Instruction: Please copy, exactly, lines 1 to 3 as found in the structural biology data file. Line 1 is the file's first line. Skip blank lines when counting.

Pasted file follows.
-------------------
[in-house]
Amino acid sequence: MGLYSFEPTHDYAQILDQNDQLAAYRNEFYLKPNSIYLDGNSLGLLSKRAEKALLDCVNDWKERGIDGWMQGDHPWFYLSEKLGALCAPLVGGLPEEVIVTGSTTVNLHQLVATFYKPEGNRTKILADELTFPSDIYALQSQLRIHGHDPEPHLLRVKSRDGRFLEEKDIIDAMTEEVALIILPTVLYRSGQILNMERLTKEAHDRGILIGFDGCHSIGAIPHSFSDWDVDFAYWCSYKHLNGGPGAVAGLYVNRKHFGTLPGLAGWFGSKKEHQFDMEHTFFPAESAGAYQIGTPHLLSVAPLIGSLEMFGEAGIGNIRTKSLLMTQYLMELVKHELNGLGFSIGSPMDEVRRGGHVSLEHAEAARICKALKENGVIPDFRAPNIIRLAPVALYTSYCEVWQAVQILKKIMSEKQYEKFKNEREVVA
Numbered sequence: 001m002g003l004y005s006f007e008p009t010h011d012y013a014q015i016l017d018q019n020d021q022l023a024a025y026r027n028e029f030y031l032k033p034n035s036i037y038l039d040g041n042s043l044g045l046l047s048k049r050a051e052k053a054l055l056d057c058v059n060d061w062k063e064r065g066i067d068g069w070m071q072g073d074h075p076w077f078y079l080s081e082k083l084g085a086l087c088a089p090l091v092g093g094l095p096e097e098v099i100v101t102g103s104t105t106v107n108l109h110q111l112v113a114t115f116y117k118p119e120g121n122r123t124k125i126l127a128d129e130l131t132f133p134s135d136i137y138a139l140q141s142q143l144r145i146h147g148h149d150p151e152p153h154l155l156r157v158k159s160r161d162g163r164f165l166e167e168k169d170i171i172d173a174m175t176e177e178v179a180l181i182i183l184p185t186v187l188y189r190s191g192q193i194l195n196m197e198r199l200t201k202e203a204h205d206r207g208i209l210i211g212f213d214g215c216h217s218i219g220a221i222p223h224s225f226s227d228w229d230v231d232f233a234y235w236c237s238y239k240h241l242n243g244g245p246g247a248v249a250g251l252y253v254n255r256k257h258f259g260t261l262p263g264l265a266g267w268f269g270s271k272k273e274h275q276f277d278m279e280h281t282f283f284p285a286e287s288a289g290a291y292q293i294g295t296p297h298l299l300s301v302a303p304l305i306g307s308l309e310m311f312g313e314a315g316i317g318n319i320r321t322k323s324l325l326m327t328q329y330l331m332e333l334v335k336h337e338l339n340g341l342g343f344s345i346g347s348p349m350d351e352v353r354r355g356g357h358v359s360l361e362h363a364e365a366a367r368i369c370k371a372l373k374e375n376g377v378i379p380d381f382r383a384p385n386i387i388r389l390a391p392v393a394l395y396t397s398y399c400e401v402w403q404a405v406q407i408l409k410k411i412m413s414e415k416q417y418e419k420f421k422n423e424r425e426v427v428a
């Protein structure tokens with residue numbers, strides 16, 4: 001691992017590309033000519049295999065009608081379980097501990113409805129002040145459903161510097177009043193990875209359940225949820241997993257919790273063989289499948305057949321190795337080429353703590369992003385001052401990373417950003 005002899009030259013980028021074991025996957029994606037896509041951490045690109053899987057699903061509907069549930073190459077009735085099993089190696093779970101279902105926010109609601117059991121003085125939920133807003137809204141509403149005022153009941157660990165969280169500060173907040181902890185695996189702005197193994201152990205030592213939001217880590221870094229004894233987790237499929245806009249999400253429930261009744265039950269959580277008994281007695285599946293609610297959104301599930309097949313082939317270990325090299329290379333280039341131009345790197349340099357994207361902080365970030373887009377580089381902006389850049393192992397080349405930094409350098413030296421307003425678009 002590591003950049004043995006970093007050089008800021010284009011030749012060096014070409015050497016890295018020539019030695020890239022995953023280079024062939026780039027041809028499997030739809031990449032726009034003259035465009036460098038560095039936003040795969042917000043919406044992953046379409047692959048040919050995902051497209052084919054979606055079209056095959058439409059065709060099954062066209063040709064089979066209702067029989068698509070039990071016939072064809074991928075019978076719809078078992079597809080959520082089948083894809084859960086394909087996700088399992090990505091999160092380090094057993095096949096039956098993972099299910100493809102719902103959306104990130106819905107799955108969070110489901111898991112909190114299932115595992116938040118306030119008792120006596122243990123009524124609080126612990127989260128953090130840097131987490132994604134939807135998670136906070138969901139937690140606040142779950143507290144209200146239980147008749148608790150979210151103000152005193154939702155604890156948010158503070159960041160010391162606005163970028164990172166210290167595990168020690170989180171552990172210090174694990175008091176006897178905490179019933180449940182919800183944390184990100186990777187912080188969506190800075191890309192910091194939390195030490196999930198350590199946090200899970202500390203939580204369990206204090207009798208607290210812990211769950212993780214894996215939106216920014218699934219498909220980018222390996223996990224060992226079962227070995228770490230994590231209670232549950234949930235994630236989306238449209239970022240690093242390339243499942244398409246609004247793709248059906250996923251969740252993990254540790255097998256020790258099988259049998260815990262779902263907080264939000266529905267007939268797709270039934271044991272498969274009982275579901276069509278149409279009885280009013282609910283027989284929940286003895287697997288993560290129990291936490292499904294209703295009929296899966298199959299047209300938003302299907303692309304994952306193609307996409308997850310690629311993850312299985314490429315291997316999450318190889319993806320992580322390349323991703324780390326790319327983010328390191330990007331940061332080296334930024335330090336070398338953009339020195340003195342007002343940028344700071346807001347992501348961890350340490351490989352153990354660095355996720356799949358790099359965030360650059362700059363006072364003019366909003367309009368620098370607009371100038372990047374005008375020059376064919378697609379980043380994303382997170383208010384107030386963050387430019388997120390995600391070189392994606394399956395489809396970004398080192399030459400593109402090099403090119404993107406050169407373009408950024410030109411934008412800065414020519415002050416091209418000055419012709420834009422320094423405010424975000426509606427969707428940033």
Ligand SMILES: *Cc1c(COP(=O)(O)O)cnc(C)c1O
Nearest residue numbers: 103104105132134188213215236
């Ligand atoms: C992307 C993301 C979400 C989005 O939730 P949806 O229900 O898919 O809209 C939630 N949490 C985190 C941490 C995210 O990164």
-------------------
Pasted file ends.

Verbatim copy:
[in-house]
Amino acid sequence: MGLYSFEPTHDYAQILDQNDQLAAYRNEFYLKPNSIYLDGNSLGLLSKRAEKALLDCVNDWKERGIDGWMQGDHPWFYLSEKLGALCAPLVGGLPEEVIVTGSTTVNLHQLVATFYKPEGNRTKILADELTFPSDIYALQSQLRIHGHDPEPHLLRVKSRDGRFLEEKDIIDAMTEEVALIILPTVLYRSGQILNMERLTKEAHDRGILIGFDGCHSIGAIPHSFSDWDVDFAYWCSYKHLNGGPGAVAGLYVNRKHFGTLPGLAGWFGSKKEHQFDMEHTFFPAESAGAYQIGTPHLLSVAPLIGSLEMFGEAGIGNIRTKSLLMTQYLMELVKHELNGLGFSIGSPMDEVRRGGHVSLEHAEAARICKALKENGVIPDFRAPNIIRLAPVALYTSYCEVWQAVQILKKIMSEKQYEKFKNEREVVA
Numbered sequence: 001m002g003l004y005s006f007e008p009t010h011d012y013a014q015i016l017d018q019n020d021q022l023a024a025y026r027n028e029f030y031l032k033p034n035s036i037y038l039d040g041n042s043l044g045l046l047s048k049r050a051e052k053a054l055l056d057c058v059n060d061w062k063e064r065g066i067d068g069w070m071q072g073d074h075p076w077f078y079l080s081e082k083l084g085a086l087c088a089p090l091v092g093g094l095p096e097e098v099i100v101t102g103s104t105t106v107n108l109h110q111l112v113a114t115f116y117k118p119e120g121n122r123t124k125i126l127a128d129e130l131t132f133p134s135d136i137y138a139l140q141s142q143l144r145i146h147g148h149d150p151e152p153h154l155l156r157v158k159s160r161d162g163r164f165l166e167e168k169d170i171i172d173a174m175t176e177e178v179a180l181i182i183l184p185t186v187l188y189r190s191g192q193i194l195n196m197e198r199l200t201k202e203a204h205d206r207g208i209l210i211g212f213d214g215c216h217s218i219g220a221i222p223h224s225f226s227d228w229d230v231d232f233a234y235w236c237s238y239k240h241l242n243g244g245p246g247a248v249a250g251l252y253v254n255r256k257h258f259g260t261l262p263g264l265a266g267w268f269g270s271k272k273e274h275q276f277d278m279e280h281t282f283f284p285a286e287s288a289g290a291y292q293i294g295t296p297h298l299l300s301v302a303p304l305i306g307s308l309e310m311f312g313e314a315g316i317g318n319i320r321t322k323s324l325l326m327t328q329y330l331m332e333l334v335k336h337e338l339n340g341l342g343f344s345i346g347s348p349m350d351e352v353r354r355g356g357h358v359s360l361e362h363a364e365a366a367r368i369c370k371a372l373k374e375n376g377v378i379p380d381f382r383a384p385n386i387i388r389l390a391p392v393a394l395y396t397s398y399c400e401v402w403q404a405v406q407i408l409k410k411i412m413s414e415k416q417y418e419k420f421k422n423e424r425e426v427v428a